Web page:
Kane: “No, I don't. If something happens, I'll be into it, but I have to be honest with you. I've been working a lot with motion graphics. I've always felt that the soundtrack or score to movies is one of the perfect sort of blends of visual and audio. And I think it's because YouTube has become one of the most viable radio stations, so to speak. So I'll continue to concentrate on doing videos. If it seems like there's a substantial reason for me to start touring, I'll put a band together, which will be a tremendous amount of work, but I'm not worried about it. The point is, I'll get into it if it seems like it's going to actually make a difference. I think I can reach more people with videos. I think that's true especially now with the way things are with everybody having a laptop, phone or tablet. I think that there's definitely a much bigger connection to videos than there used to be. There aren't any instruments in the video. The video is all me, Alice, Alice's wife Sheryl and Alyssa and there's also a couple of actors. It's basically a series of images that tells a loosely structured narrative. It's all about the shock value of visuals with the music, so I decided to do something different. That's what I'm going to do with these videos. Each one is going to have a different angle. The next video will be based on the girl on the cover of the album.”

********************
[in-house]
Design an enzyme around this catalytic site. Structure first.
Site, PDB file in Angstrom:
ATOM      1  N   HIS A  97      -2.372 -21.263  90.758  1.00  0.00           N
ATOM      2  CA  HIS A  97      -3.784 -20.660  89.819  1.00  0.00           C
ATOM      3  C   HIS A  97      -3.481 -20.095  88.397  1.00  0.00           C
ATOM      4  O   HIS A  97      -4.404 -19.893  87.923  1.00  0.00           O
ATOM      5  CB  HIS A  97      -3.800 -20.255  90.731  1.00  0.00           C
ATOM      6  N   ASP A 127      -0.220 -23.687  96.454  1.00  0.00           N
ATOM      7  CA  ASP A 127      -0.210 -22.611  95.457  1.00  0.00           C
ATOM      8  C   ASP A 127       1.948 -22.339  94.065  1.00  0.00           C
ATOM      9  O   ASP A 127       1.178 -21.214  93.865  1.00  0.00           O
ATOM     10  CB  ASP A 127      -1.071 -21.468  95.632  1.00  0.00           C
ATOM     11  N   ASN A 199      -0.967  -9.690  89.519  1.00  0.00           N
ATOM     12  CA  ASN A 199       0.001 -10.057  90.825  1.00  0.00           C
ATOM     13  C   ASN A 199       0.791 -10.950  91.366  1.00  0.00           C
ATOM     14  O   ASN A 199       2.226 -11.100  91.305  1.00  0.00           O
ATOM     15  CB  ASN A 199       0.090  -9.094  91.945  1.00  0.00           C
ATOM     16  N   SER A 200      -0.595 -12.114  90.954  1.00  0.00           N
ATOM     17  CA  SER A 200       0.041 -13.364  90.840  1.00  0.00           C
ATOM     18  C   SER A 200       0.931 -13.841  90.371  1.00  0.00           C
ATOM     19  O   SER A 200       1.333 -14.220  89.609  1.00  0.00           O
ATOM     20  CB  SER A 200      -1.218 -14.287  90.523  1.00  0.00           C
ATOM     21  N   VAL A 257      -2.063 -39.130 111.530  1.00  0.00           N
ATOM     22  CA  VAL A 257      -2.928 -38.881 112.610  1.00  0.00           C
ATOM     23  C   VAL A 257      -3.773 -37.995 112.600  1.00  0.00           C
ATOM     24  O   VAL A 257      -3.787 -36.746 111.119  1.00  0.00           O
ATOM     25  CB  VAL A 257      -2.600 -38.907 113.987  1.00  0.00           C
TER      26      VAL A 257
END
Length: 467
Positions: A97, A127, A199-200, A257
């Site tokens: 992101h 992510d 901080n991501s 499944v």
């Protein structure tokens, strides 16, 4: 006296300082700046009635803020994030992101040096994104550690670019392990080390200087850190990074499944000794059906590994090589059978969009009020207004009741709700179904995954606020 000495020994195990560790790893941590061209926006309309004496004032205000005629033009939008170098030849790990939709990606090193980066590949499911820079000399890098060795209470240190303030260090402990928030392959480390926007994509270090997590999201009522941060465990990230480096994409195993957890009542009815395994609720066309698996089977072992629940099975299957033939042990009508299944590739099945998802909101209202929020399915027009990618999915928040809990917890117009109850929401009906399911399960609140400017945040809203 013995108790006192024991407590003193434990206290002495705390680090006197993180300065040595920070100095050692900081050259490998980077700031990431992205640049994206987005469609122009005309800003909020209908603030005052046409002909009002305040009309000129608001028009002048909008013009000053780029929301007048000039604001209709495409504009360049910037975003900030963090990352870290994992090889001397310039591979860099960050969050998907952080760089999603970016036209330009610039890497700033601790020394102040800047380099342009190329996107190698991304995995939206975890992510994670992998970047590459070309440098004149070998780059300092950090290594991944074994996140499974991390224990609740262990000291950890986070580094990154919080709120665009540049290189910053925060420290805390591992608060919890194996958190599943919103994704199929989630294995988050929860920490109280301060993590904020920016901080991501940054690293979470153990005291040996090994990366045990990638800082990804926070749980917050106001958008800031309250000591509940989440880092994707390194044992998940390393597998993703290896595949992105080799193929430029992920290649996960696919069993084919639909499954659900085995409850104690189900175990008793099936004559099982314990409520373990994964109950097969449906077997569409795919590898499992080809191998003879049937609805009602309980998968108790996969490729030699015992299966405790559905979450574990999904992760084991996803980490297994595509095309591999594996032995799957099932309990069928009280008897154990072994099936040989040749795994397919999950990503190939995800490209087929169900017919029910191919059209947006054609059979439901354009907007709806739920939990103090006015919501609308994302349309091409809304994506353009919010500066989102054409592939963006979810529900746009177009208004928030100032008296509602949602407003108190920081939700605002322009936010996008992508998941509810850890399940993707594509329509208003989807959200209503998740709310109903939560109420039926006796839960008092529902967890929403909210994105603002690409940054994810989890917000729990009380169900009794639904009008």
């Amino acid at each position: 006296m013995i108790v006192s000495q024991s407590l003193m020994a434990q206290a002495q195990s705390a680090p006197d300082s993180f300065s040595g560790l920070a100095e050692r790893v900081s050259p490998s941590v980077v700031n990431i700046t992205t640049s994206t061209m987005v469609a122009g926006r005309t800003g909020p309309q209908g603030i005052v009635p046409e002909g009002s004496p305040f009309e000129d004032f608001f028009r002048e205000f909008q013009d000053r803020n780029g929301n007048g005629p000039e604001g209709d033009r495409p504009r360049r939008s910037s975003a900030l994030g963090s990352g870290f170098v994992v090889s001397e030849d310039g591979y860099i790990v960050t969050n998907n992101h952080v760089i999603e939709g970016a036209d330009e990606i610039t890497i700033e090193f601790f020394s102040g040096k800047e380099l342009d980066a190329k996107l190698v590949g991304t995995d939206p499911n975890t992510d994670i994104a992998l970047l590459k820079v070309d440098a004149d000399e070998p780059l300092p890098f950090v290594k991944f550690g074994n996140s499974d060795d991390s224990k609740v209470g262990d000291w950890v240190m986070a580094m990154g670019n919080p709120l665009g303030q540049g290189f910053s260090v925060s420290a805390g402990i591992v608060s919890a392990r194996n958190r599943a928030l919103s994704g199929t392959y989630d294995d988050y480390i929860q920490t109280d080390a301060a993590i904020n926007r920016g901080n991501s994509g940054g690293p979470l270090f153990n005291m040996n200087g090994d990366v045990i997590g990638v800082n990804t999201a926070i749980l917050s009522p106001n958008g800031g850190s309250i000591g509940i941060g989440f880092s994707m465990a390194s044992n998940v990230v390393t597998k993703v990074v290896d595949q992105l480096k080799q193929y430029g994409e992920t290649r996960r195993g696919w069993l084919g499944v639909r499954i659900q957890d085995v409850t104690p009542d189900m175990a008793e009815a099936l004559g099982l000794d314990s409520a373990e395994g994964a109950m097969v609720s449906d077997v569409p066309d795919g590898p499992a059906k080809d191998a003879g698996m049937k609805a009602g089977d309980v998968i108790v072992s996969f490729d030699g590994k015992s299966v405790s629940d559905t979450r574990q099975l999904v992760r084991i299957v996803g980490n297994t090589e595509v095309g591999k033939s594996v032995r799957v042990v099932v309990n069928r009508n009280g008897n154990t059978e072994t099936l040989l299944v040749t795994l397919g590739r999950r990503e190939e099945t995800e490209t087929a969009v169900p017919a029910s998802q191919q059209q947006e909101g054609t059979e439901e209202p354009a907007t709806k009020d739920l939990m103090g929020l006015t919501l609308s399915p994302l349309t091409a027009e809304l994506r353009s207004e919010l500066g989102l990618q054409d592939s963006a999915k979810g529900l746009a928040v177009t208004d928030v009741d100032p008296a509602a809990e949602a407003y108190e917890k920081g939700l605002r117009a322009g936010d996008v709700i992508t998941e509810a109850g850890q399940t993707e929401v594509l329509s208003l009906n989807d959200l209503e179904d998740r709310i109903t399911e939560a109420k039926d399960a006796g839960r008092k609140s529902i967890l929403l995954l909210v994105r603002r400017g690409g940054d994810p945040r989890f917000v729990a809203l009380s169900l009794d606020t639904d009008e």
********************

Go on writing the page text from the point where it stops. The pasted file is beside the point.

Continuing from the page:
Todd: If a supporting tour does materialize, what type of set list would you be working with? You've had hits as a solo artist, but you also had success while with Alice. There are some major style differences between the two.

Kane: “Isn't that an interesting question? If you were me, what would you do? You'd be like and 'Well, what do I do? Do I play the Alice songs? Do I just play my solo material?'. Because the styles are all over the place, I've got to have a band that has a very specific sound and a very aggressive and powerful way of handling stuff. When you see Alice now, you hear the old songs, but they sound like a new band, which is great. I've got to go along on the same premise. I think I would have to do a few things off of each album and then do some of the Alice stuff and then the new stuff and then see how that shakes loose. ...When you're putting the band together, you want to feature the other people in the band. You want to feature some guitar stuff and you want to feature the vocals in certain ways. If you look at some of the really great shows, like for example, (Pop artist) Pink has an unbelievable show. The way that's generated and the way certain things are focused on is tremendous. It's dynamic to the point that its incredible. It goes beyond just performing the song, so to speak. That's actually a series of big questions, ya know? ...To figure out what the set list would be, I'd really have to work on that one.”

Todd: What are your commercial expectations for this record? Did you record The New Normal with a genuine and sincere hope of returning to the Top 40 or are entirely you focused on returning to the public consciousness?